In the Netherlands, the mortality rate of ear-tagged calves <1 yr is one of the indicators that is continuously monitored in census data and is defined as the number of deceased calves relative to the number of calf-days-at-risk. In 2017, yearly calf mortality rates were published in the lay press and resulted in discussions about the calculation of this parameter among stakeholders because the same parameter appeared to be calculated in many different ways by different organizations. These diverse definitions of calf mortality answered different aims such as early detection of deviations, monitoring trends, or providing insight into herd-specific results, but were difficult to understand by stakeholders. The aim of this study was to evaluate several definitions of calf mortality for scientific validity, usefulness for policymakers, and comprehensibility by farmers. Based on expert consultations, 10 definitions for calf mortality were evaluated that assessed different age categories, time periods, and denominators. Differences in definitions appeared to have a large effect on the magnitude of mortality. For example, with the original mortality parameter, the mortality rate was 16.5% per year. When the first year of life was subdivided into 3 age categories, the mortality rate was 3.3, 4.5, and 3.1% for postnatal calves (≤14 d), preweaned calves (15–55 d), and weaned calves (56 d–1 yr), respectively. Although it was logical that these mortality rates were lower than the original, the sum of the 3 separate mortality rates was also lower than the original mortality rate. The reason was that the number of calves present in a herd and the risk of mortality are not randomly distributed over a calf's first year of life and the conditional nature of mortality rates when calculated for different age categories. Ultimately, 4 parameters to monitor calf mortality in Dutch dairy herds were chosen based on scientific value, usefulness for monitoring of trends, and comprehensibility by farmers: perinatal calf mortality risk (i.e., mortality before, during, or shortly after the moment of birth up to the moment of ear-tagging), postnatal calf mortality risk (≤14 d), preweaned calf mortality rate (15–55 d), and weaned calf mortality rate (56 d–1 yr). Slight differences in definitions of parameters can have a major effect on results, and many factors have to be taken into account when defining an important health indicator such as mortality. Our evaluation resulted in a more thorough understanding of the definitions of the selected parameters and agreement by the stakeholders to use these key indicators to monitor calf mortality.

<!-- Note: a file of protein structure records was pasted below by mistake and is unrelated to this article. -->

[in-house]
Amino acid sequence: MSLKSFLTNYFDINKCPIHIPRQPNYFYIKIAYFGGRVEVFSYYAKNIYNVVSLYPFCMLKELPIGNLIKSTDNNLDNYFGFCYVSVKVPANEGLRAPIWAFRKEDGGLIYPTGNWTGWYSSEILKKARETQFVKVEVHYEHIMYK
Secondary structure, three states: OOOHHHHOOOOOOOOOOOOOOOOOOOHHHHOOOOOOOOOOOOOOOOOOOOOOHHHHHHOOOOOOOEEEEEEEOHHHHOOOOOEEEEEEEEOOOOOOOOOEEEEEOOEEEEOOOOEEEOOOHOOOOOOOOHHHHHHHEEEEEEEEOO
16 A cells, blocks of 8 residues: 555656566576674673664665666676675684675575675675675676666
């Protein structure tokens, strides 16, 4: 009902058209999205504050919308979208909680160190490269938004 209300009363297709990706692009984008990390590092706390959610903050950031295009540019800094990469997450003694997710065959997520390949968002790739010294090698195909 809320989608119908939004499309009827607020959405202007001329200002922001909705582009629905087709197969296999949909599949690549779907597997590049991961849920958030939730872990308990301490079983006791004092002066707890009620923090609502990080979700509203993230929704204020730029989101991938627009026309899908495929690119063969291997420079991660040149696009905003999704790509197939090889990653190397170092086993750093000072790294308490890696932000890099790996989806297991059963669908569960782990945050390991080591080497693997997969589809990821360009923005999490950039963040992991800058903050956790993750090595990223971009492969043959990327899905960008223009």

Acute toxic effects of hydrogen peroxide, used for salmon lice treatment, on the survival of polychaetes Capitella sp. and Ophryotrocha spp.